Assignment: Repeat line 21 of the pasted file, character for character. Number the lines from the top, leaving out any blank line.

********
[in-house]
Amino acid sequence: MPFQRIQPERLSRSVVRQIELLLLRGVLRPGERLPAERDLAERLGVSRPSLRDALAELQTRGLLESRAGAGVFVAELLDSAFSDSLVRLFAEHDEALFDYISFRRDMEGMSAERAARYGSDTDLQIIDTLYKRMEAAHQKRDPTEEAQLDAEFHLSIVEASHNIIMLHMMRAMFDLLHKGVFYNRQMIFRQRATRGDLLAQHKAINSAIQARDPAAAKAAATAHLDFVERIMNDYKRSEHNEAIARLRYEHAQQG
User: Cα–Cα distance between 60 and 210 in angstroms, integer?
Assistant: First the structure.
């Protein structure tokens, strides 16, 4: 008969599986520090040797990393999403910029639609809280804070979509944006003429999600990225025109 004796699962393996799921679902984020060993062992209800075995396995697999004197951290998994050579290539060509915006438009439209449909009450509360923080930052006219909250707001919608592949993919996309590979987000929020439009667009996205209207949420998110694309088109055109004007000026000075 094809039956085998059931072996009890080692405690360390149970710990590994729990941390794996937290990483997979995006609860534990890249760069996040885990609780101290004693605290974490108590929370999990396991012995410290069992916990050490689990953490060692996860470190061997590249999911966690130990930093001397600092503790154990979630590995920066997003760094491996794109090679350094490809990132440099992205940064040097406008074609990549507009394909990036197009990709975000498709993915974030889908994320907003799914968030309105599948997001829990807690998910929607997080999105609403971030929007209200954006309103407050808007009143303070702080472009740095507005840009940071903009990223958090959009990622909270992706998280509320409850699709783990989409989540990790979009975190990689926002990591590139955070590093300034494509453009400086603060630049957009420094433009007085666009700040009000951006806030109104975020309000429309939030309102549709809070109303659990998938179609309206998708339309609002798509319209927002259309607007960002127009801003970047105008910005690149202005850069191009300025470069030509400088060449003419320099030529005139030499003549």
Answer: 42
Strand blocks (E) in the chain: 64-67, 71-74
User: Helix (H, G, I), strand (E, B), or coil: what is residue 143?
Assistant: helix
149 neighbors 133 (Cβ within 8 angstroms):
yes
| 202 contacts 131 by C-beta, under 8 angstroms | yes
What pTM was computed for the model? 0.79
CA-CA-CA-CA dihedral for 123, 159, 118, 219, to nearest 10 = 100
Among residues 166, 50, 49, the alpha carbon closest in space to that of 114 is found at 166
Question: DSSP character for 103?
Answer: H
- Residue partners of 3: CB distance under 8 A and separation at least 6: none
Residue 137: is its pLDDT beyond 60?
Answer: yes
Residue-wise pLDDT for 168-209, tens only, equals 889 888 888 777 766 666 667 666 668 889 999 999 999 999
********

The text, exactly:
Residue-wise pLDDT for 168-209, tens only, equals 889 888 888 777 766 666 667 666 668 889 999 999 999 999